Healthcare providers don't know who will or won't get lymphedema. But there are things that can be done to help prevent it.

People treated for breast cancer who take good care of their skin and exercise after treatment may be less likely to develop lymphedema. Staying at or getting to a healthy weight may also help lower your risk.

Newer types of lymph node surgery have also helped lower lymphedema risk. But there's no sure way to prevent lymphedema.

Preventing infection and injury

Protecting the arm on the side of the surgery is very important after breast surgery. Poor drainage of the lymphatic system can put that arm at risk for infection. Poor drainage can also make the arm less sensitive to extreme temperature. Be aware of activities that put too much stress on the affected arm.

To protect your arm from injury and infection, make sure to:

  • Ask for injections and blood draws to be done on the unaffected arm if possible.

  • Ask for blood pressure tests to be done on the unaffected arm if possible.

  • Not wear tight jewelry or clothing with elastic cuffs or tight bands.

  • Carry your handbag or heavy packages with the unaffected arm or both arms.

  • Be very careful and use a clean razor when shaving underarms.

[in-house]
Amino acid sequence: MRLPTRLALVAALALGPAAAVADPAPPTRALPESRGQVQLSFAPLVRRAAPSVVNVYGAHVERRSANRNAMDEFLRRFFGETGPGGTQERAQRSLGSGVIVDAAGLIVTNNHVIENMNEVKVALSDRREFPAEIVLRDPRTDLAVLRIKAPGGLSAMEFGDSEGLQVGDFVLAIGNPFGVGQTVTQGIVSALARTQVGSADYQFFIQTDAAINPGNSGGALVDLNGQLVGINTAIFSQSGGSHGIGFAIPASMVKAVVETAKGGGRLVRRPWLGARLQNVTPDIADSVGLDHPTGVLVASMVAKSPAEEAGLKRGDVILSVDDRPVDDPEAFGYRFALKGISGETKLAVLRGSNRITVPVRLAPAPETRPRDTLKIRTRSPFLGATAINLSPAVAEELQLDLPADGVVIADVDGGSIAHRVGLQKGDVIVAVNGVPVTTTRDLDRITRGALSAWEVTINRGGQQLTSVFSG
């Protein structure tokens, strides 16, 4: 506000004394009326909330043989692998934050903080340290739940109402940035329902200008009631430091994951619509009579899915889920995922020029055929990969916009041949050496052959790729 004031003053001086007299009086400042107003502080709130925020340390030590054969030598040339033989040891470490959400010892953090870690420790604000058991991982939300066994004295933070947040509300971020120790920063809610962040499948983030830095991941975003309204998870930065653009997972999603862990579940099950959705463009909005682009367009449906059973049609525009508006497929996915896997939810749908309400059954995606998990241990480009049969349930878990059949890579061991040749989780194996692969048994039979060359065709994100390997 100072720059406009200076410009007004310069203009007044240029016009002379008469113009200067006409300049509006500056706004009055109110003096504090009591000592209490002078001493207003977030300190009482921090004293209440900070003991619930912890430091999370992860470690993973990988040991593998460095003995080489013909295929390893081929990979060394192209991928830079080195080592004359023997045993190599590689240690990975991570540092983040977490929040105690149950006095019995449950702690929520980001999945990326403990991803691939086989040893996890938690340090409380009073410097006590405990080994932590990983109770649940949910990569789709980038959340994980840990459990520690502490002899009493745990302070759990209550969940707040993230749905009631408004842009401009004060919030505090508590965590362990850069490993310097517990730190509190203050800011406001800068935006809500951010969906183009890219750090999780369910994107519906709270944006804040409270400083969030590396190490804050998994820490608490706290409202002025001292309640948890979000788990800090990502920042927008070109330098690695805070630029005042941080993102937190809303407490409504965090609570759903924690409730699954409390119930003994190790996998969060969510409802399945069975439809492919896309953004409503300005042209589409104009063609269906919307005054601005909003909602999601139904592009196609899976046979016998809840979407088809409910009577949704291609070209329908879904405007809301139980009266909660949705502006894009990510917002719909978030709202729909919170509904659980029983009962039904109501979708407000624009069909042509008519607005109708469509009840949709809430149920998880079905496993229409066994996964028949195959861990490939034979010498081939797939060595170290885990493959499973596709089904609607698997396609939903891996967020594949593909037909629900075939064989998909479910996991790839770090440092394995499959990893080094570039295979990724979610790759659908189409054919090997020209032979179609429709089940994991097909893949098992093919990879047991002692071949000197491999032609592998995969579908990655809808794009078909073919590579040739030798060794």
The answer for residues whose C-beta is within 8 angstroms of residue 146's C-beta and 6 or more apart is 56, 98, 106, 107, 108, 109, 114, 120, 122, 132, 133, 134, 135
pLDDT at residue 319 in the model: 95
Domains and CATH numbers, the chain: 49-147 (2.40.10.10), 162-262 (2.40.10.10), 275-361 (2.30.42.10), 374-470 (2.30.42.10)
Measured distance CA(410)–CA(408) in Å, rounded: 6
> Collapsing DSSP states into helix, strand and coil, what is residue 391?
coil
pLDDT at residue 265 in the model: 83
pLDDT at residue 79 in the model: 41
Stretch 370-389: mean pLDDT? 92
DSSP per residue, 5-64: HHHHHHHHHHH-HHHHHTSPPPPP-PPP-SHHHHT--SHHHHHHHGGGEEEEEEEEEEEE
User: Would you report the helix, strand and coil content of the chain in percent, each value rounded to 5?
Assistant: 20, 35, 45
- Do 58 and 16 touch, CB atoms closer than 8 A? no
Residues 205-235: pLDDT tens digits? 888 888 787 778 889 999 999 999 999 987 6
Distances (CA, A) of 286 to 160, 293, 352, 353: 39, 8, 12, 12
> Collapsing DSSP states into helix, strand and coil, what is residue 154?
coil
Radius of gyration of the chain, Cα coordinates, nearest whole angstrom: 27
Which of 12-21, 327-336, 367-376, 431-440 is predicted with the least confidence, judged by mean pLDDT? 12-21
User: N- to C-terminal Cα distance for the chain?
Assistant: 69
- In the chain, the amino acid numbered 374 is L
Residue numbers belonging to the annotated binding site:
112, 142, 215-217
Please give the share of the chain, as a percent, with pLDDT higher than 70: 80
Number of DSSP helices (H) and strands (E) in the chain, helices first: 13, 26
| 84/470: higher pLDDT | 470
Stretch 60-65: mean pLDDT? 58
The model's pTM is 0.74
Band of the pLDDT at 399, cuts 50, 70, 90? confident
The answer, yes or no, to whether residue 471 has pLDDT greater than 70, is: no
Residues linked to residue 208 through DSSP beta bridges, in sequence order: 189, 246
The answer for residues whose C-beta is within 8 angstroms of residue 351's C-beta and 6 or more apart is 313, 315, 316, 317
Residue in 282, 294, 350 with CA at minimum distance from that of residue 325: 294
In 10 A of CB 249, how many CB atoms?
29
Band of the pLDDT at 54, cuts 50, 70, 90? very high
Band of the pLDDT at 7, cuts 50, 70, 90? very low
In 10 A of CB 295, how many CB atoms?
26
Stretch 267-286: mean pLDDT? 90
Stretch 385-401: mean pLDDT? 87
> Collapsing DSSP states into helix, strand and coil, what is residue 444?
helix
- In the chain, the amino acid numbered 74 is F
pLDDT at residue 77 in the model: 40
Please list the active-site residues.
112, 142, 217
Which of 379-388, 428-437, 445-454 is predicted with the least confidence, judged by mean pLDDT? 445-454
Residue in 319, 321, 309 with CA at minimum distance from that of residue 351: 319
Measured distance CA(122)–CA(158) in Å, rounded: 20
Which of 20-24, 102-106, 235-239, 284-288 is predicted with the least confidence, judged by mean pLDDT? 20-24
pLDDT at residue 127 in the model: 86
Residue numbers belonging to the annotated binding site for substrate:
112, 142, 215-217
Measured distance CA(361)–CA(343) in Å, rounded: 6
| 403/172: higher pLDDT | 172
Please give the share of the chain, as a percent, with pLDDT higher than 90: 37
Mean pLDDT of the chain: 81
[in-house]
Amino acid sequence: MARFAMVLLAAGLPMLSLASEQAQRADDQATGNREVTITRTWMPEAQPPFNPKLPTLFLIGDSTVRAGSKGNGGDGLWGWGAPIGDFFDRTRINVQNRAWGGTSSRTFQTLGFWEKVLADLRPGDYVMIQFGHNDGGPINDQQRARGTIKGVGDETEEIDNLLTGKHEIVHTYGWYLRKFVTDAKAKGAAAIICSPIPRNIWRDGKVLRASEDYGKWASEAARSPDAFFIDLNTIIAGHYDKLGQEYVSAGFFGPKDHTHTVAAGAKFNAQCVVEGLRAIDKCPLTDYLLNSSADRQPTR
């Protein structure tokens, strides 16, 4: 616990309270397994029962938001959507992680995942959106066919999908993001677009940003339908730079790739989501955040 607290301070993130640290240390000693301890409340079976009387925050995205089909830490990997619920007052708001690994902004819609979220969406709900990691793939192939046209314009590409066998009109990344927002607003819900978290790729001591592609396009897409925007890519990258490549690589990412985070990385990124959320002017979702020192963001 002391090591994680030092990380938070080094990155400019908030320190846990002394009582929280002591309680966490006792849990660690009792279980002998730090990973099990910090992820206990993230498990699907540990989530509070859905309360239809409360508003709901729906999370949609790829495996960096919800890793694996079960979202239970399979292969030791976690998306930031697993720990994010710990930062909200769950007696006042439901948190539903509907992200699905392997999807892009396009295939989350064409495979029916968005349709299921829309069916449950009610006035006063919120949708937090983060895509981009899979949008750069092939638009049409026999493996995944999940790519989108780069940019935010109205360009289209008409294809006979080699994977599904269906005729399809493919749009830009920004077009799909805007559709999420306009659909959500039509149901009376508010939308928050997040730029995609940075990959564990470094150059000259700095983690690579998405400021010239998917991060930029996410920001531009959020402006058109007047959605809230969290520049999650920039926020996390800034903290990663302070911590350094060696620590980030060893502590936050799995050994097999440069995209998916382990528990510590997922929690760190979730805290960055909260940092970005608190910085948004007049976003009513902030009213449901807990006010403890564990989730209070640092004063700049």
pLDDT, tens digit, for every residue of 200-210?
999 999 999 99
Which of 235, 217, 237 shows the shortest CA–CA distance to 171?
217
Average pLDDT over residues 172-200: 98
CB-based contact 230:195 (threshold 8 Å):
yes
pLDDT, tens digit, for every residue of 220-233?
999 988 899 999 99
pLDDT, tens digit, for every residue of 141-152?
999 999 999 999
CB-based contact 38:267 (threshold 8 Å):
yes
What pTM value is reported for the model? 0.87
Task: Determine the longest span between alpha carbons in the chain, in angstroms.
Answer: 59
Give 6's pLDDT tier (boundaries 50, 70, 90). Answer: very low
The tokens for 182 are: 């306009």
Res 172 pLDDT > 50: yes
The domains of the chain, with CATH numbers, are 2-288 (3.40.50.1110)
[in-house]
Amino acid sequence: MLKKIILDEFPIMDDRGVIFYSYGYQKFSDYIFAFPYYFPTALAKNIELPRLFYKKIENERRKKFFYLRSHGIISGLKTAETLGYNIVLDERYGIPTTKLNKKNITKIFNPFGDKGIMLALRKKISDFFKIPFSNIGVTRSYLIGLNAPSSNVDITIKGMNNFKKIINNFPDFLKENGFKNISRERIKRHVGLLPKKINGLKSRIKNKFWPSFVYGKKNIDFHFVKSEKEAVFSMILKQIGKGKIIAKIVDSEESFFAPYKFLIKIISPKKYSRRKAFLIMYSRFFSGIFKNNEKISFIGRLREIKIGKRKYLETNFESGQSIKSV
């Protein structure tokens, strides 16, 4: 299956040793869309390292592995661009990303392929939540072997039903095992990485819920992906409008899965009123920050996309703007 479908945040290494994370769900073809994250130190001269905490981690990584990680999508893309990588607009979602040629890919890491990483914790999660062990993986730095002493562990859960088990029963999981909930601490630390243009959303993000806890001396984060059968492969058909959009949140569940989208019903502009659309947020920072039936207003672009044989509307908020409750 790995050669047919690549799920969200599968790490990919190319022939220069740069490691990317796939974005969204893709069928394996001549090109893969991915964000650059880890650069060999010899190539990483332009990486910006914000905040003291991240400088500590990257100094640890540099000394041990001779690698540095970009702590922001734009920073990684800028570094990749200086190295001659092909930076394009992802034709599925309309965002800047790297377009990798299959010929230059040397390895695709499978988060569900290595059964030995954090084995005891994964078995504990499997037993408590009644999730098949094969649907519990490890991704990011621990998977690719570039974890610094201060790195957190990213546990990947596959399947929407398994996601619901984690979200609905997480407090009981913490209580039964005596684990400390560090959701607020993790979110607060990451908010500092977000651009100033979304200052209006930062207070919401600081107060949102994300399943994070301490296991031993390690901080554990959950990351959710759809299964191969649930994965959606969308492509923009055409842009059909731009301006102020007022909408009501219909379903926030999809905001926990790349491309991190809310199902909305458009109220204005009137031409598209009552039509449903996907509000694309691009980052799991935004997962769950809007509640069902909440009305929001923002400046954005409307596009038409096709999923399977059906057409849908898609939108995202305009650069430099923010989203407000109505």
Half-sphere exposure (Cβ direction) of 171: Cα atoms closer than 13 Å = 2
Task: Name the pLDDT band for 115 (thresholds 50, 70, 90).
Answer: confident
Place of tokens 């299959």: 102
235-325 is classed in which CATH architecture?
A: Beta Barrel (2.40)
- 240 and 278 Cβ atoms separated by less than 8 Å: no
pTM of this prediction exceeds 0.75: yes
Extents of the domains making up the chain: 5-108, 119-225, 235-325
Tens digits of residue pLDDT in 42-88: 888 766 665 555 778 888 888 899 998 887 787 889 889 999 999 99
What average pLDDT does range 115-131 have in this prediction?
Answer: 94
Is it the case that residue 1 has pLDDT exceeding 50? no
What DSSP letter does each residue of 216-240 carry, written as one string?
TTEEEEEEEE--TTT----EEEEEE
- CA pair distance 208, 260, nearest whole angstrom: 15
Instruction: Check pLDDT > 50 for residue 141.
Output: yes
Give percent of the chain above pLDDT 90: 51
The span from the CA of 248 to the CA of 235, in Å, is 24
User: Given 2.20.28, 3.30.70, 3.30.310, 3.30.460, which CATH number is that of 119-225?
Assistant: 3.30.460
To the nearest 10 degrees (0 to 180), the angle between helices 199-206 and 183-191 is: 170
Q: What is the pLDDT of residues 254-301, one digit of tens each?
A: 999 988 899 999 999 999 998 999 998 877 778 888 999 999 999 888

• Prevent sunburns and other burns to the affected arm.

  • Wear gloves when gardening and when using strong household cleaners.

  • Clean the skin of the affected arm daily, gently dry well, and apply lotion.

  • Do approved exercises regularly to improve drainage.

  • Eat a healthy, low-sodium diet.

  • Not put extreme hot or cold temperatures on the affected arm. This includes hot tubs, saunas, and heating pads or ice packs.

  • Take good care of your fingernails. Don’t cut or bite your cuticles.

  • Clean all cuts with soap and water. Put antibacterial ointment and a sterile dressing on the cut.

  • Protect your fingers from needle pricks and sharp objects. Use a thimble when sewing.

  • Not do vigorous, repetitive movements against resistance with the affected arm. This includes scrubbing, pulling, or pushing.

  • Tell your healthcare provider right away if you have any signs of infection. These include redness, pain, heat, increased swelling, or fever.

Symptoms of lymphedema

The main symptom of lymphedema after breast cancer treatment is swelling of the arm on the side where lymph nodes were removed. The amount of swelling may vary. Some people may have severe swelling (edema). The affected arm can be several inches larger than the other arm. Others will have a milder form of edema where the affected arm is only slightly larger than the other arm.

Other symptoms of lymphedema may include:

  • Feeling of fullness, heaviness, or tightness in the arm, chest, or armpit area

  • Bra, clothing, or jewelry don't fit as normal

  • Aching or new pain in the arm